Remember, whatever tactics we think are perfect to use against Graham, we are also saying are valid to use against us.

            Buckley wrote: I believe in free speech having absolutely no limits.

            Do you believe that someone or some group has the absolute right to shout around you constantly so that you can never be heard?

            Do you believe that libel and slander should not be illegal?

            Do you believe that you have the free speech right to falsely shout “Fire!” in a crowded theater or to call in a false bomb threat?

            Do you believe that you have the free speech right to shout to an angry mob, “Let’s lynch this SOB right now !” ?

            Do you believe that a public school teacher has the free speech right to lead hir students in prayer or to teach creationism in a science class?

            Do you believe that a government official has the free speech right to lie to the people (absent legally justified state secrets)?

            Do you believe someone has the free speech right to talk about details of kinky sex to your three-year-old daughter and how s/he’d like to do them to hir?

            Do you believe, if you were a rape victim, that opposing counsel has the free speech right to publicly talk about every single sexual encounter you have ever had ?

            Really? You believe in free speech having absolutely no limits?

            • Buckley

              When one exercises their free speech they have to accept the consequences of their actions. They have to be prepared to accept those consequences, weather there they are fired from their job, arrested for causing physical or mental harm to someone, or protest someone speaking and getting arrested while causing a disturbance. If I taught creation and was trying to get people to convert to Christianity I would have to accept the consequences that I may be fired.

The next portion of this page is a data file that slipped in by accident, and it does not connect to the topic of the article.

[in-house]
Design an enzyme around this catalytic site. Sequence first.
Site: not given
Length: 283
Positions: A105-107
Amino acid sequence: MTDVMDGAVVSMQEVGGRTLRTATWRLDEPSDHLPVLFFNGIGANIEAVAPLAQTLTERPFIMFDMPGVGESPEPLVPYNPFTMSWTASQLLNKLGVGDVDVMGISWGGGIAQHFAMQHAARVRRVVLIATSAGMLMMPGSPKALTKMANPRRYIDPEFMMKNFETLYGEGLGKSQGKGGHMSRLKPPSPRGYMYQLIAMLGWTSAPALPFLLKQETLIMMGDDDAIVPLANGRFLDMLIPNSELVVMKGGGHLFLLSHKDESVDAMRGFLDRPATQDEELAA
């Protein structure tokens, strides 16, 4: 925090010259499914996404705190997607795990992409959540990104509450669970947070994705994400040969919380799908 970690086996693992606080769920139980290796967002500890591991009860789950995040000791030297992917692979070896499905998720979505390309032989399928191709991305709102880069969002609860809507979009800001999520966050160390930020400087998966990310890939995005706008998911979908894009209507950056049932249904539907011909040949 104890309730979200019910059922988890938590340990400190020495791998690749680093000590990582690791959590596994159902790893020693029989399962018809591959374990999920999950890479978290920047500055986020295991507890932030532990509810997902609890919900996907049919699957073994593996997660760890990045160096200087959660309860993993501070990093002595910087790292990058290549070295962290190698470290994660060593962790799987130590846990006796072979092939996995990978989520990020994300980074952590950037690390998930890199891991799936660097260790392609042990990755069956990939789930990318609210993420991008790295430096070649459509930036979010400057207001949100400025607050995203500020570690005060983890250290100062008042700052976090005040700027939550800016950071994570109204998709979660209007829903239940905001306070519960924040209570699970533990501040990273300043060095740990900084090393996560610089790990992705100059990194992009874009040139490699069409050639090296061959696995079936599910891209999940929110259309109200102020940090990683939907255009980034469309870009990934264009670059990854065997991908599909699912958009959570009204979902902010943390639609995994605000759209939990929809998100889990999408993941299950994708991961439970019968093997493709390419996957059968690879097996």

Keep finding every extreme example and go off the deep end and you still reveal yourself to be a totalitarian that wants to keep speech contained in a well defined box.

              This is how religion keeps the sheeple, if you don’t permit them to talk and debate and speak about things they know to be false, you keep them in church and ignorant of the truth. And isn’t this what all religion wants: ignorance is bliss.

              Love to keep debating, but I have to work. Glad we could keep it civil.

              • just somebody

                You are the one who brought up absolutely no limits to free speech. You were the one being extreme. I was trying to remind you that there must be some limits to free speech — in cases where unrestrained speech would significantly and unfairly limit the rights of others. I was trying to moderate your extreme position.

                You are the one who thinks its fair to keep Graham’s speech “contained in a well defined box” of a deceptively-caused empty auditorium, and to limit the freedom of speech and assembly of people in Iceland who want to gather to hear him and discuss his views.

                As I wrote above, there are many ethical ways to protest Graham’s positions. Boycott, civil protest, blogging/media, etc. Plenty of ethical free speech ways to protest and attempt to change hearts and minds.

                What I am saying is this deceptive ticket fraud is not an ethical way to protest.

                Use the Veil of Ignorance to consider: If this tactic if it were used against you and your beliefs and your rights, would you consider it to be fair and ethical?